Since there is evidence that the submitted algorithms may be complementary, we performed three fusion techniques at the score level using again three out of the four better algorithms. We used the sum of the a posteriori probabilities generated by the three algorithms, the product of the same a posteriori probabilities and the majority vote (each fingerprint image is classified as live or fake if the majority of individual algorithms rank it as live or fake). These three fusion techniques have very different characteristics from each other: the product tends to crush on a negative classification (i.e. the pattern rejection) rather than positive (for the zero-product property); the sum instead has an opposite characteristic namely it smooths the differences (such as a low-pass filter); finally, the majority emphasize where classifiers agree. In order to show the pros and cons of these classifiers fusion we also plot the curve of the so called “Oracle response”. The Oracle is an ideal fusion technique that correctly classifies a pattern if that pattern is correctly classified by at least one of the single classifiers. It indicates the maximum accuracy that can be potentially achieved. Obviously, the more the results of the various classifiers are complementary the better are the results of the oracle.

The DET curves in Figures 10 (b), 11 (b), 12 (b), 13 (b), compared with that of the single classifiers, clearly show a result improvement especially when using the sum rule. As a matter of fact, as stated before, sum smooths the differences. If score values are balanced (that is x for accept and 1-x for reject) the sum rule emphasizes where classifiers agree as for the majority vote. Moreover, since it averages the results, little doubts of two (wrong) classifiers may be counterbalanced by a strong performance in the (correct) third, leading to better results. The only case in which the performance declines is that of the Digital Persona dataset. Although the fusion at score-level appear a good solution to improve the performance, current results suggest that individual algorithms must be carefully selected and also appropriate combination methodologies should be studied as well.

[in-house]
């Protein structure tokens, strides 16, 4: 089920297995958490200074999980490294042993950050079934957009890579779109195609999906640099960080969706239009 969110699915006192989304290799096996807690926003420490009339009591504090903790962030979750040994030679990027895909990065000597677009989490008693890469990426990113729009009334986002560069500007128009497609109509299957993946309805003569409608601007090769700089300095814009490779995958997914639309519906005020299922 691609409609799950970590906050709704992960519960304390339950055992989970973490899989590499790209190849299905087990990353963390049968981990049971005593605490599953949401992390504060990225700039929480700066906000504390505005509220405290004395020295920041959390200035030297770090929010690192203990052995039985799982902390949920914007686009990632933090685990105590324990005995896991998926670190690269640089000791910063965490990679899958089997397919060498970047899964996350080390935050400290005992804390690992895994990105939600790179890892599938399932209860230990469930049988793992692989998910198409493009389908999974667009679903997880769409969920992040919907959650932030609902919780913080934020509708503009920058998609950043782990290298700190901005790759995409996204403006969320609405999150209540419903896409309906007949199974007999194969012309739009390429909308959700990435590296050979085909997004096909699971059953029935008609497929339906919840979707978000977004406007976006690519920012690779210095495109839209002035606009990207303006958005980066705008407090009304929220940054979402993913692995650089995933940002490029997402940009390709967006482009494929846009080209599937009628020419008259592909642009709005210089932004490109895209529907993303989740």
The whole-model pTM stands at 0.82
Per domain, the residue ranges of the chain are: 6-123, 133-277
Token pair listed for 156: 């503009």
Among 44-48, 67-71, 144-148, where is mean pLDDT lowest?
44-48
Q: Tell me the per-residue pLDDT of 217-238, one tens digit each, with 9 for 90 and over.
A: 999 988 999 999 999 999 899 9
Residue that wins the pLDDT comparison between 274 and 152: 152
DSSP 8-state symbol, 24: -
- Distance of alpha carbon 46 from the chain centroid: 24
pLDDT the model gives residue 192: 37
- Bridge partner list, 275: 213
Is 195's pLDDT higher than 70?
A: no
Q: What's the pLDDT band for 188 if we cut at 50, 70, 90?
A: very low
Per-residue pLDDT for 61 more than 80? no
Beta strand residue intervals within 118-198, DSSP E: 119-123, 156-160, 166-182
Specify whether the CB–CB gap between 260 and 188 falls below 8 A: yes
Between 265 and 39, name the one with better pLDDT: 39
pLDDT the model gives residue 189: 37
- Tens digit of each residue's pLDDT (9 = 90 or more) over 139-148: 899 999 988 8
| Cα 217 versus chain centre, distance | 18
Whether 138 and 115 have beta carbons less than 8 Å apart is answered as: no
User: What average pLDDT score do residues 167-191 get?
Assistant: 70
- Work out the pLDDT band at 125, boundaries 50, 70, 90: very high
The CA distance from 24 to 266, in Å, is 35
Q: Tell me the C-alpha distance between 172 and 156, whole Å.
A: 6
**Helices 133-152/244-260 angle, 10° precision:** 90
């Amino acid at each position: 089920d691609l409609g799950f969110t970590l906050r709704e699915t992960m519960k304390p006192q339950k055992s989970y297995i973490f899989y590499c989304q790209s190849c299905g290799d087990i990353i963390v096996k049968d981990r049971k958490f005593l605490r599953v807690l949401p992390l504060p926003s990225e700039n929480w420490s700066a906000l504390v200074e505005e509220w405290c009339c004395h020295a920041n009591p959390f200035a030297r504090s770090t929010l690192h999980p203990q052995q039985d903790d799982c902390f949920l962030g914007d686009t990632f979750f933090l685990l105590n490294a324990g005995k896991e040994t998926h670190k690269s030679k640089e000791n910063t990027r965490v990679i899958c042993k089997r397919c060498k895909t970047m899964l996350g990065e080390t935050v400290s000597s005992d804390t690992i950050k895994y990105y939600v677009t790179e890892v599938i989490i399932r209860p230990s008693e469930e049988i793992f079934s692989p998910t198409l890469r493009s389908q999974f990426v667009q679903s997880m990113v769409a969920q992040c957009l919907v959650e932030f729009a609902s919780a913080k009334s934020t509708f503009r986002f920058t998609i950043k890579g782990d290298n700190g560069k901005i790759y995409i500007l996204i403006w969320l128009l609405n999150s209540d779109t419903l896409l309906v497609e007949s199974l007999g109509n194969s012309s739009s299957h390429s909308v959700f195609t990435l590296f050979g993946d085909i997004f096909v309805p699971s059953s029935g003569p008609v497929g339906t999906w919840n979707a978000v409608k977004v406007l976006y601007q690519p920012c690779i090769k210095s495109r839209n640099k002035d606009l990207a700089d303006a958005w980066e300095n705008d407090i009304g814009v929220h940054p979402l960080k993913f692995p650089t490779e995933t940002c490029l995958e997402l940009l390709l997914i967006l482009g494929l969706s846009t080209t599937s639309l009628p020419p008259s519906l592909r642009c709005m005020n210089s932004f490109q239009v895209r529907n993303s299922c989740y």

4.2 Trends of Competitors and Results for Fingerprint Part 2: Systems

Fingerprint Part 2: Systems has not yet shown growth in the number of competitors, but it has only existed for 3 competitions thus far. There are more limitations to the systems testing portion. It is not surprising that there are not great numbers of entrants given the need for a full fingerprint recognition device to be built with an integrated liveness detection module. There has also been a general lack of interest in companies shipping full systems for testing and it appears that there is more comfort in submitting an algorithm. Both Livdet 2011 and LivDet 2013 had 2 submissions whilst LivDet 2015 had only one. Information about competitors is shown in Table 14.

Participants LivDet 2011 Algorithm Name
Dermalog Identification Systems GmbH Dermalog
GreenBit GreenBit

Participants LivDet 2013
Algorithm Name
Dermalog Identification Systems GmbH Dermalog
Anonymous Anonymous1

Participants LivDet 2015
Algorithm Name
Anonymous Anonymous2

Table 14: Participants for Part 2: Systems.

This portion of the LivDet competitions has distinct recognition for the rapid decrease in error rates. In the span of 2 years, the best results from LivDet 2011 were worse than the worst results of LivDet 2013. Thus, systems tests showed a quicker decrease in error rates as well as the one systems submission in 2013 had lower error rates than any submitted algorithms in LivDet.